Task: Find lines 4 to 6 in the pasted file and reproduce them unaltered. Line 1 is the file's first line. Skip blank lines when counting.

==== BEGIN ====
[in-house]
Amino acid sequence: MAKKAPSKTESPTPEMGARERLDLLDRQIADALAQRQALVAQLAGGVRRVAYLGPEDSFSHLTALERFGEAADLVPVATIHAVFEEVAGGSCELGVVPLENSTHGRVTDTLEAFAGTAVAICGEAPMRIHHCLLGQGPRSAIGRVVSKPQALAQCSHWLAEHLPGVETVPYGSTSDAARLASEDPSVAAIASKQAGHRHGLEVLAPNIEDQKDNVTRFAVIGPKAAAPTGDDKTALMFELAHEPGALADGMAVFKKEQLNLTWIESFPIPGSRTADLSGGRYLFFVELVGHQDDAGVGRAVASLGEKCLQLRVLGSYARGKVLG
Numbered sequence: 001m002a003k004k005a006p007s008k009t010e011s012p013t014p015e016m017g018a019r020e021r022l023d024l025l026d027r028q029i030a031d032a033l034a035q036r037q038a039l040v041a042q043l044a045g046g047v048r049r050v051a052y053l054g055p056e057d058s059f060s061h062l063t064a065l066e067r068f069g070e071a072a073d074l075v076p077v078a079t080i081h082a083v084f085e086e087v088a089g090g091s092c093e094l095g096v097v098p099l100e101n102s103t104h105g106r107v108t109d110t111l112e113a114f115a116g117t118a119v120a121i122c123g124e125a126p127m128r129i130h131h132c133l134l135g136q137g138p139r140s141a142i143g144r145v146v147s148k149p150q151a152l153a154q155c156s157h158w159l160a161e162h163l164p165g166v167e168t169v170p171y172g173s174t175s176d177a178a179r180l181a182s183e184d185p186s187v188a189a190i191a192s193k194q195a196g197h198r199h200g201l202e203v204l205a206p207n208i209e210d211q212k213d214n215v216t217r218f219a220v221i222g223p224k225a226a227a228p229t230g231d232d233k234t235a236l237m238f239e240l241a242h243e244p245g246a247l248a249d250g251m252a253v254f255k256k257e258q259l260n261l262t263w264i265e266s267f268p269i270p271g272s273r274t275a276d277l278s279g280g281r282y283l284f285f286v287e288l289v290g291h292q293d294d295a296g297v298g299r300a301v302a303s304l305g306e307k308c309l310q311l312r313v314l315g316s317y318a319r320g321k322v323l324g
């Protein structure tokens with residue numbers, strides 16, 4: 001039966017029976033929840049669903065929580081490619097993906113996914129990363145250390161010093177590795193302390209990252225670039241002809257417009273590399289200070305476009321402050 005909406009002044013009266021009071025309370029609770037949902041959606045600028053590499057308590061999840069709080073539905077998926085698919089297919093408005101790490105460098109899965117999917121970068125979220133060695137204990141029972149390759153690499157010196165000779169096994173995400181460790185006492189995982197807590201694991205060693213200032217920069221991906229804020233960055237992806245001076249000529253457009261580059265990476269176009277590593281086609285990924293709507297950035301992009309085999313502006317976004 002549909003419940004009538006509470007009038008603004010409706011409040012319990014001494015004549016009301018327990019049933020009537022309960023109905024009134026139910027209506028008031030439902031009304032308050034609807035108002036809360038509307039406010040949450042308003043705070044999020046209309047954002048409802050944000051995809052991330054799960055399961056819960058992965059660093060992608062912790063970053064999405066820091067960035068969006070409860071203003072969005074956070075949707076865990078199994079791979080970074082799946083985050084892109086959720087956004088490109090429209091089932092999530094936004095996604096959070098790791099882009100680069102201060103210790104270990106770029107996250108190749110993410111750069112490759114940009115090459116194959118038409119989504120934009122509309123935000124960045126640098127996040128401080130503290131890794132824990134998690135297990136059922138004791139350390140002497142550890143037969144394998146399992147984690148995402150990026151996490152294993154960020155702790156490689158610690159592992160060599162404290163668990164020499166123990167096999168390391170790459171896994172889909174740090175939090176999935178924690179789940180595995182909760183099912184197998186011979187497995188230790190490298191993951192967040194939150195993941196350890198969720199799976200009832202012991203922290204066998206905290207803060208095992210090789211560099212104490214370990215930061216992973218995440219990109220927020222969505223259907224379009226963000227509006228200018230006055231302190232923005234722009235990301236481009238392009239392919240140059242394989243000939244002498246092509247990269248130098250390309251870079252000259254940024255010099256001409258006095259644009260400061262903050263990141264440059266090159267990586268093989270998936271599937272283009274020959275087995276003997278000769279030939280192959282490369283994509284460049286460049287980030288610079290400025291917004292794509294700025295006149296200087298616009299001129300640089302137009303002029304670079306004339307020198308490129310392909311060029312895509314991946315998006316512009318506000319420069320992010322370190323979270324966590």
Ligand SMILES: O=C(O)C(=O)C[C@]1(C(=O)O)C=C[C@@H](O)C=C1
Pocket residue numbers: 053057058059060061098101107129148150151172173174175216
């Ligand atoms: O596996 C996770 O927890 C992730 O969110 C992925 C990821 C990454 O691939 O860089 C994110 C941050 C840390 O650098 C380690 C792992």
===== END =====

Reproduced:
């Protein structure tokens with residue numbers, strides 16, 4: 001039966017029976033929840049669903065929580081490619097993906113996914129990363145250390161010093177590795193302390209990252225670039241002809257417009273590399289200070305476009321402050 005909406009002044013009266021009071025309370029609770037949902041959606045600028053590499057308590061999840069709080073539905077998926085698919089297919093408005101790490105460098109899965117999917121970068125979220133060695137204990141029972149390759153690499157010196165000779169096994173995400181460790185006492189995982197807590201694991205060693213200032217920069221991906229804020233960055237992806245001076249000529253457009261580059265990476269176009277590593281086609285990924293709507297950035301992009309085999313502006317976004 002549909003419940004009538006509470007009038008603004010409706011409040012319990014001494015004549016009301018327990019049933020009537022309960023109905024009134026139910027209506028008031030439902031009304032308050034609807035108002036809360038509307039406010040949450042308003043705070044999020046209309047954002048409802050944000051995809052991330054799960055399961056819960058992965059660093060992608062912790063970053064999405066820091067960035068969006070409860071203003072969005074956070075949707076865990078199994079791979080970074082799946083985050084892109086959720087956004088490109090429209091089932092999530094936004095996604096959070098790791099882009100680069102201060103210790104270990106770029107996250108190749110993410111750069112490759114940009115090459116194959118038409119989504120934009122509309123935000124960045126640098127996040128401080130503290131890794132824990134998690135297990136059922138004791139350390140002497142550890143037969144394998146399992147984690148995402150990026151996490152294993154960020155702790156490689158610690159592992160060599162404290163668990164020499166123990167096999168390391170790459171896994172889909174740090175939090176999935178924690179789940180595995182909760183099912184197998186011979187497995188230790190490298191993951192967040194939150195993941196350890198969720199799976200009832202012991203922290204066998206905290207803060208095992210090789211560099212104490214370990215930061216992973218995440219990109220927020222969505223259907224379009226963000227509006228200018230006055231302190232923005234722009235990301236481009238392009239392919240140059242394989243000939244002498246092509247990269248130098250390309251870079252000259254940024255010099256001409258006095259644009260400061262903050263990141264440059266090159267990586268093989270998936271599937272283009274020959275087995276003997278000769279030939280192959282490369283994509284460049286460049287980030288610079290400025291917004292794509294700025295006149296200087298616009299001129300640089302137009303002029304670079306004339307020198308490129310392909311060029312895509314991946315998006316512009318506000319420069320992010322370190323979270324966590």
Ligand SMILES: O=C(O)C(=O)C[C@]1(C(=O)O)C=C[C@@H](O)C=C1
Pocket residue numbers: 053057058059060061098101107129148150151172173174175216